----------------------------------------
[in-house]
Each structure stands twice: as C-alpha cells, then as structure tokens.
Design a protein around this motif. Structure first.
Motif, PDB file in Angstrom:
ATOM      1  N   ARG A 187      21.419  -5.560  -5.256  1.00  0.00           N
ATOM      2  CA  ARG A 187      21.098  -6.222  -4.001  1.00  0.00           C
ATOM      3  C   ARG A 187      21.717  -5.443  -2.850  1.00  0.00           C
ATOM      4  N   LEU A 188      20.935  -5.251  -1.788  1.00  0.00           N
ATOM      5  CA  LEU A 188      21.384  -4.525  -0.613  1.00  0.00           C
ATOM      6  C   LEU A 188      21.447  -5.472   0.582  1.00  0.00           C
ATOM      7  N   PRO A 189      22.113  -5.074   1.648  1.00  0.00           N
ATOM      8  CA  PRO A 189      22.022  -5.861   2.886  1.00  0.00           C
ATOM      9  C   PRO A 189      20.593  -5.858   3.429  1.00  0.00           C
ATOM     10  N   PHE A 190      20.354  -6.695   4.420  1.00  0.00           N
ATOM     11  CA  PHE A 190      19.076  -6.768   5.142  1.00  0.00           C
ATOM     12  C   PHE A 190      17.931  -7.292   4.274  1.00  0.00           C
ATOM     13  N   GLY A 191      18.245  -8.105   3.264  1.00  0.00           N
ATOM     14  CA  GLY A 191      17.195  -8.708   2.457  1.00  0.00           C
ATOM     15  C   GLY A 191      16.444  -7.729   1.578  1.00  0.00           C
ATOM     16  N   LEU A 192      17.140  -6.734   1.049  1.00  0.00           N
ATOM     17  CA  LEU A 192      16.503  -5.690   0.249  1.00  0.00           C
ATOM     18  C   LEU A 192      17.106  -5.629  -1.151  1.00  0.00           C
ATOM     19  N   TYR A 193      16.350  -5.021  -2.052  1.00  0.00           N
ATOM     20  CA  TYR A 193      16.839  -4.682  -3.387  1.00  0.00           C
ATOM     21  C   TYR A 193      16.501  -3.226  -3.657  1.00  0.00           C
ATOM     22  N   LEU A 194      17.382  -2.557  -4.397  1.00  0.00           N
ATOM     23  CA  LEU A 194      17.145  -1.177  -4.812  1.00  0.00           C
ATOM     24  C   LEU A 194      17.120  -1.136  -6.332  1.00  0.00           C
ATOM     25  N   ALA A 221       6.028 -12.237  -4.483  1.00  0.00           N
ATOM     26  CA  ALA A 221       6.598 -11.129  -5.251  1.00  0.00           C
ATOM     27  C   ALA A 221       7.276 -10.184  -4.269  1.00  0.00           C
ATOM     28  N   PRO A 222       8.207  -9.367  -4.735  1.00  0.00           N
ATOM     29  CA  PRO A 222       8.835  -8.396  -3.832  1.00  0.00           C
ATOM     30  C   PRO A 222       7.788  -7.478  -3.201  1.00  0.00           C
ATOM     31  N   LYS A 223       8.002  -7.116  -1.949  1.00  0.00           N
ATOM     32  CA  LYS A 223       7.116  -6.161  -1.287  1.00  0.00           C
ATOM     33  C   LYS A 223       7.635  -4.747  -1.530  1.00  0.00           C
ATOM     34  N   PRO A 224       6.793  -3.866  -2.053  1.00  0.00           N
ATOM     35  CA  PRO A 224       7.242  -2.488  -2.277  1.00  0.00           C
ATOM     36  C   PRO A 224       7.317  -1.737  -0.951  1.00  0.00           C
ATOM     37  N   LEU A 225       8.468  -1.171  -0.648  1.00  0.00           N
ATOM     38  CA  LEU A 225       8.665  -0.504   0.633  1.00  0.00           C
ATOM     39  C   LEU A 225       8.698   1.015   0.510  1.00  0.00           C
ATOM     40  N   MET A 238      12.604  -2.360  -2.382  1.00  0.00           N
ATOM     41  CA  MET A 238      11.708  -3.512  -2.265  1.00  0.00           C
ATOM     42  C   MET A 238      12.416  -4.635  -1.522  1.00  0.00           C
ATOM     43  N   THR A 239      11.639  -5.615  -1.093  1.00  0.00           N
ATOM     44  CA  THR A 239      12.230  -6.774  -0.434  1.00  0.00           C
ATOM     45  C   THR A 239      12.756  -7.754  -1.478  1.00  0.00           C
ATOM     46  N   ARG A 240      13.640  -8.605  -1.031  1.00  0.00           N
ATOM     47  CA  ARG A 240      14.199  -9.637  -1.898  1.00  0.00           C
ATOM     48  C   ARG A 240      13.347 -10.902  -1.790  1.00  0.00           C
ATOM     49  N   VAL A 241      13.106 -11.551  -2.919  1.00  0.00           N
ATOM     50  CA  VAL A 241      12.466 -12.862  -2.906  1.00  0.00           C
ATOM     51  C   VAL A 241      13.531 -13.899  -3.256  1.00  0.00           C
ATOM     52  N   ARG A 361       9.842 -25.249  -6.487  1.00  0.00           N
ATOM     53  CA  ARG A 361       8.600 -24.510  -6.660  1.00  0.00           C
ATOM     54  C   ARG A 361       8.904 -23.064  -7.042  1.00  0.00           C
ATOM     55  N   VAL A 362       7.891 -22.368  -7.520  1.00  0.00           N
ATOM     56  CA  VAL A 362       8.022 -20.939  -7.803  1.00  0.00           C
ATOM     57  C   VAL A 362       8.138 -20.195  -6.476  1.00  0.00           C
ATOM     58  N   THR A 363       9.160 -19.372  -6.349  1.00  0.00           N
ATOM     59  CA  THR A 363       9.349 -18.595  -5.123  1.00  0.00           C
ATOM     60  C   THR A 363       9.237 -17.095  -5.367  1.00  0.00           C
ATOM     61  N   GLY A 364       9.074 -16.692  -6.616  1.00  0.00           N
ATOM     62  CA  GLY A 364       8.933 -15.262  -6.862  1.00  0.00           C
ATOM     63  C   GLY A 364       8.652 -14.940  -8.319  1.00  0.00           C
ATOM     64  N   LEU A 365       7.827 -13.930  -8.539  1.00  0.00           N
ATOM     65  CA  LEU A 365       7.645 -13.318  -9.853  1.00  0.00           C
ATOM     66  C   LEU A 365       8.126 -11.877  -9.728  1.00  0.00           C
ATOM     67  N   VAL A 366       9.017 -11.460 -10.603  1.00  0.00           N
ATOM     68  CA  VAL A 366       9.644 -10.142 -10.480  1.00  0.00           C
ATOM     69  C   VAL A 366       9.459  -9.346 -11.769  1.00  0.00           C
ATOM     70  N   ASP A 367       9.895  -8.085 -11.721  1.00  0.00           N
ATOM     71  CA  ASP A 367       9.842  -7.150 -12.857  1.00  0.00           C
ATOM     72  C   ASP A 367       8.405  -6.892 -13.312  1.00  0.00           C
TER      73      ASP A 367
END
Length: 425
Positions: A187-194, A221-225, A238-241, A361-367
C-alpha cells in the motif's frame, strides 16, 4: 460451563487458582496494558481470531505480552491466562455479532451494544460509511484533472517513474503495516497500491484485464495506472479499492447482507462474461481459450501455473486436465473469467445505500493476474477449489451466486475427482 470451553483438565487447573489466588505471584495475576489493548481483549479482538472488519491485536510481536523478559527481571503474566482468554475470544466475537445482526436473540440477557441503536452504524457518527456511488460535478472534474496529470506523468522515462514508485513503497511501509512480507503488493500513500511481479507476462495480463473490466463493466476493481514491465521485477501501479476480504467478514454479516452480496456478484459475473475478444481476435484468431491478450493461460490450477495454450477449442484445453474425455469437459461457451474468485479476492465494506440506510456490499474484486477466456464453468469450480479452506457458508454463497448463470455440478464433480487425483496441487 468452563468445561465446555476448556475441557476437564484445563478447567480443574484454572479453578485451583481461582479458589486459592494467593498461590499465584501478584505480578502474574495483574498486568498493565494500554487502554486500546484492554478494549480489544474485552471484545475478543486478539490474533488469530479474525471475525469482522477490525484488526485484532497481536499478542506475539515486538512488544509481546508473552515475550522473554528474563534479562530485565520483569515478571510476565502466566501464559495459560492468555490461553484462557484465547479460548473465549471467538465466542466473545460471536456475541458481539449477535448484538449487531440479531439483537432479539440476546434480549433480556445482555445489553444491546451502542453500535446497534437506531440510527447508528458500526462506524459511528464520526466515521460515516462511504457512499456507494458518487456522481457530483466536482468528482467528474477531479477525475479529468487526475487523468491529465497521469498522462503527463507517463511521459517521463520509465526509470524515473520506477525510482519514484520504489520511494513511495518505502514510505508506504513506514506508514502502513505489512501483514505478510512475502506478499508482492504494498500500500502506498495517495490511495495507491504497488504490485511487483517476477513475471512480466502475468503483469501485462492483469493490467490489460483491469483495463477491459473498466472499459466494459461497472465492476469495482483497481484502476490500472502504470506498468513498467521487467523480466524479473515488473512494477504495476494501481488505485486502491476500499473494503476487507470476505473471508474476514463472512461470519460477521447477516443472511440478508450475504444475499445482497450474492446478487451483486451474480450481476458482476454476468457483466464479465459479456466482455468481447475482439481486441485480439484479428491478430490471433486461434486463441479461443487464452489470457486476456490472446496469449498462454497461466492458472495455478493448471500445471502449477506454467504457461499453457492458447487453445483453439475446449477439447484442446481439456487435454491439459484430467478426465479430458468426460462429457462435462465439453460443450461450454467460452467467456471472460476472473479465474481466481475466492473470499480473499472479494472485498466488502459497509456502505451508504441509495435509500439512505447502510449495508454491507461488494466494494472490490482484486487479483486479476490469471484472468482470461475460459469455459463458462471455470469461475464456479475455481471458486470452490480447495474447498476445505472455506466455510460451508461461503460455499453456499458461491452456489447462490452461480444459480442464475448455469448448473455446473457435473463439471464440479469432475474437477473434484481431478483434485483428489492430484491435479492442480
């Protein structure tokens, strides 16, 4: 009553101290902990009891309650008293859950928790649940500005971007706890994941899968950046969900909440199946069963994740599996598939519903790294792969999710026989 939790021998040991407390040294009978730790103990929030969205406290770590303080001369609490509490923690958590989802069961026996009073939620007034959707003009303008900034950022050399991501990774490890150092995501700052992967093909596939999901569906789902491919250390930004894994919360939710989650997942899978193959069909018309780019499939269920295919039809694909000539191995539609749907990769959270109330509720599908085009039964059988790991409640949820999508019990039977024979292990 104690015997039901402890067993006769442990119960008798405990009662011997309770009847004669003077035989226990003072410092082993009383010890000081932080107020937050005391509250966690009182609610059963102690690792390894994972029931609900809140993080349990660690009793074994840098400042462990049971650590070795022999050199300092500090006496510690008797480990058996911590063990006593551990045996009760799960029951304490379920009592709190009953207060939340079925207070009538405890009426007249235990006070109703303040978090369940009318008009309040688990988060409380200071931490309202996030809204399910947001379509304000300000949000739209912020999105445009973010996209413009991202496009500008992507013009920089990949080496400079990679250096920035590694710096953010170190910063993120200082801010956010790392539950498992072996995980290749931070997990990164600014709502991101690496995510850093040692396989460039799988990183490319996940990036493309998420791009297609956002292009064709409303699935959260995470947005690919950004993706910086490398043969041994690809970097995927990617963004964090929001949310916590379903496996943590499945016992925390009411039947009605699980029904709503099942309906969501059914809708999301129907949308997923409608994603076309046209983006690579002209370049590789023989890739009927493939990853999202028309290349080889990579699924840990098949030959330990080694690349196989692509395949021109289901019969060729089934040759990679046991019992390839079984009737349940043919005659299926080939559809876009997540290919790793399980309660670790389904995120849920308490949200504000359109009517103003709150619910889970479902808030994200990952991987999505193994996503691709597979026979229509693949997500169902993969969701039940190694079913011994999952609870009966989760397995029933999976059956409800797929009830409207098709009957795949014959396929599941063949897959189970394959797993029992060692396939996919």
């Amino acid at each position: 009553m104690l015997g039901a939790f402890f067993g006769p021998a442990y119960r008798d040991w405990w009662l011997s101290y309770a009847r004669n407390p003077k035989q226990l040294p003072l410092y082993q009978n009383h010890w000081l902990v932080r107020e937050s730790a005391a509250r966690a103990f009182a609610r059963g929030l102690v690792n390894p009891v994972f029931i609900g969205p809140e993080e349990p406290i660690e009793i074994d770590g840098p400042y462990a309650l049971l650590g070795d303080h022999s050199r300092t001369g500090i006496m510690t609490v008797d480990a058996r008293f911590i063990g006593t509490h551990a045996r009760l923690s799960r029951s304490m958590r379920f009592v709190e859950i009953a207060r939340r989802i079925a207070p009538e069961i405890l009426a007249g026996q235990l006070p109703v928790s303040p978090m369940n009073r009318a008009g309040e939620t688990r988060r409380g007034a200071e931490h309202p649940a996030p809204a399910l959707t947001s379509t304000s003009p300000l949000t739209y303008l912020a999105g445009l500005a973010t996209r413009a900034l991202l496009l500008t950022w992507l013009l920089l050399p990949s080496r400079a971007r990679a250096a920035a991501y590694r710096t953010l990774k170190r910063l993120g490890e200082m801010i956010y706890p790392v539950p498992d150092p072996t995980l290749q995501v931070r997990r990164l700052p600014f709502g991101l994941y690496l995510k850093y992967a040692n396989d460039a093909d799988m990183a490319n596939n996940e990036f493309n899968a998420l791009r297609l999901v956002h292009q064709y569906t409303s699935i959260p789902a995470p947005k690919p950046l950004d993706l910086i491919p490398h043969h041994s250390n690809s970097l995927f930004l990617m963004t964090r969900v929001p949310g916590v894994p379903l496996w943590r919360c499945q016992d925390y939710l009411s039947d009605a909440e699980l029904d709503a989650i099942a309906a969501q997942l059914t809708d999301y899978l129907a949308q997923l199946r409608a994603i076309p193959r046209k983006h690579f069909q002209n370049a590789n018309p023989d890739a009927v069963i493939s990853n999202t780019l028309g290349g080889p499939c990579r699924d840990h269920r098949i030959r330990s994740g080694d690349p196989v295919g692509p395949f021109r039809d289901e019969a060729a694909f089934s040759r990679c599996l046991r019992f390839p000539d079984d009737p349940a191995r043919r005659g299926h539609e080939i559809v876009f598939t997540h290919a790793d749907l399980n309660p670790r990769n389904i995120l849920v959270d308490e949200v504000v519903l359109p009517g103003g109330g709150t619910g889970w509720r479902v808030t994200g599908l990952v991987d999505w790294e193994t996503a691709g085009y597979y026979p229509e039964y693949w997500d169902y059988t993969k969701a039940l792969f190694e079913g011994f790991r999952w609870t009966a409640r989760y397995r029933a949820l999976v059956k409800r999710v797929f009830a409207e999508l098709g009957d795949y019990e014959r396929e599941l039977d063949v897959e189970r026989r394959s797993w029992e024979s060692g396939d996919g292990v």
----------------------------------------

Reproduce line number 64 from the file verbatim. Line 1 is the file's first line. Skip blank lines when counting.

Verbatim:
ATOM     60  C   THR A 363       9.237 -17.095  -5.367  1.00  0.00           C